Friday, September 5, 2008

Feminists and bare-breasted virgins

I came across the story of the 'bare-breasted virgins' dancing for the Swaziland king's attention at a time when I was pondering the questions of agency and empowerment in everyday life. I guess the problem can be trivialized like this: are we, the common people, powerful in our everyday lives or not? Powerful here can be understood in many ways: can we change or affect the political structures in which we live; can we change or challenge labels such as gender, ethnicity, race; can we resist economic or political repression, and so on.

The story of the bare-breasted virgins (and apologies for perpetuating this stereotyped, Westernized vision) is a good case in point. Trivializing: young women present themselves to the king in the hope of being chosen as a wife. There's undoubtedly a very patriarchal picture here: here you have these thousands of young women who offer themselves to the king. But there's also the empowering picture: the young girl who takes control of her life and goes to present herself to the king because this is a way of taking care of herself, of making it into the world of the rich, who do not have to work anymore.

I guess feminists know the story all too well: first there was the 'liberation'. Then there was the painful realization that oppression is not so easy and that some women - oppressed from one point of view - were in fact supporting the oppressive system precisely because that was their way of gaining an advantage, of having access to power - of being in control if you want.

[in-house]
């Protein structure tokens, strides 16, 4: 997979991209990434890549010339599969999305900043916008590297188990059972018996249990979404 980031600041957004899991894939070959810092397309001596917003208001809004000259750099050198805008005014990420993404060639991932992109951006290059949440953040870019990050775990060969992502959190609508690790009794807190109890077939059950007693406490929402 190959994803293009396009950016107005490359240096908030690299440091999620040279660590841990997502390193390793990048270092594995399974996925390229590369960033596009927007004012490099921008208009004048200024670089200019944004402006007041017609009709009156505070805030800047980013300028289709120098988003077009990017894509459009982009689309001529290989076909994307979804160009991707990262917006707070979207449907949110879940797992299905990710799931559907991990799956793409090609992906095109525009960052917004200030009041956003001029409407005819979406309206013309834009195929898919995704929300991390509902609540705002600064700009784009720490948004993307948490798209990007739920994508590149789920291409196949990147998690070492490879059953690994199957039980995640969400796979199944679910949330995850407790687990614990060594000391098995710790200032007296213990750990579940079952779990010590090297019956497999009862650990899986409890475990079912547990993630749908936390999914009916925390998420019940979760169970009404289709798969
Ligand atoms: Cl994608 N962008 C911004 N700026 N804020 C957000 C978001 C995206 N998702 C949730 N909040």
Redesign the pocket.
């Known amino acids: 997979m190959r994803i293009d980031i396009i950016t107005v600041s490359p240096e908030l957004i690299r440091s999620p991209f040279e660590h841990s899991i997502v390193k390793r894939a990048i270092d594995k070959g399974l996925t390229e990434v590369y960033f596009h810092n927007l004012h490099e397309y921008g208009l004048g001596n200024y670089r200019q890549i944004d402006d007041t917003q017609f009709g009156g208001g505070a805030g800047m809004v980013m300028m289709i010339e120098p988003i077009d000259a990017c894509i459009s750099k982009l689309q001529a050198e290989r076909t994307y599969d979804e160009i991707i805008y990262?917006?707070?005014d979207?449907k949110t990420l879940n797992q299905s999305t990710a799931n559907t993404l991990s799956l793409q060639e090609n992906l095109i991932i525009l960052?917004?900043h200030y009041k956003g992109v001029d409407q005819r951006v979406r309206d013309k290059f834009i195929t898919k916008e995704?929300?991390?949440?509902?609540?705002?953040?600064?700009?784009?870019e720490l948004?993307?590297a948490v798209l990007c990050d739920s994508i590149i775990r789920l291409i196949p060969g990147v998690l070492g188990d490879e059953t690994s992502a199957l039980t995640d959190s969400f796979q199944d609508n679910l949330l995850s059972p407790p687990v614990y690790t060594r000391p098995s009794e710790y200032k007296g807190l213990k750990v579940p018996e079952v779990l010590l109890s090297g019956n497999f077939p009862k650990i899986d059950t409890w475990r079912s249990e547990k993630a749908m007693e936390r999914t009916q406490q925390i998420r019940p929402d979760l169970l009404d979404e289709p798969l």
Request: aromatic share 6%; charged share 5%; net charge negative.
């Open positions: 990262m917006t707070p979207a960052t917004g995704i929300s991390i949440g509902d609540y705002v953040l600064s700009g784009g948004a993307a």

I realize my story is superficial - but I think my dilemma stands: how can we talk about power from a micro level? How can we talk about empowerment - or oppression - from the level of individual people? Some have chosen to get rid of the term 'empowerment' altogether and to acknowledge that our agency is always within the constraints of the social system in which we live. We do have the power to act, to choose for ourselves, to resist those things we feel are oppressive; but this does not mean that we influence the oppression. We cope with it - and this is where our empowerment.

Photo credits: lumkness

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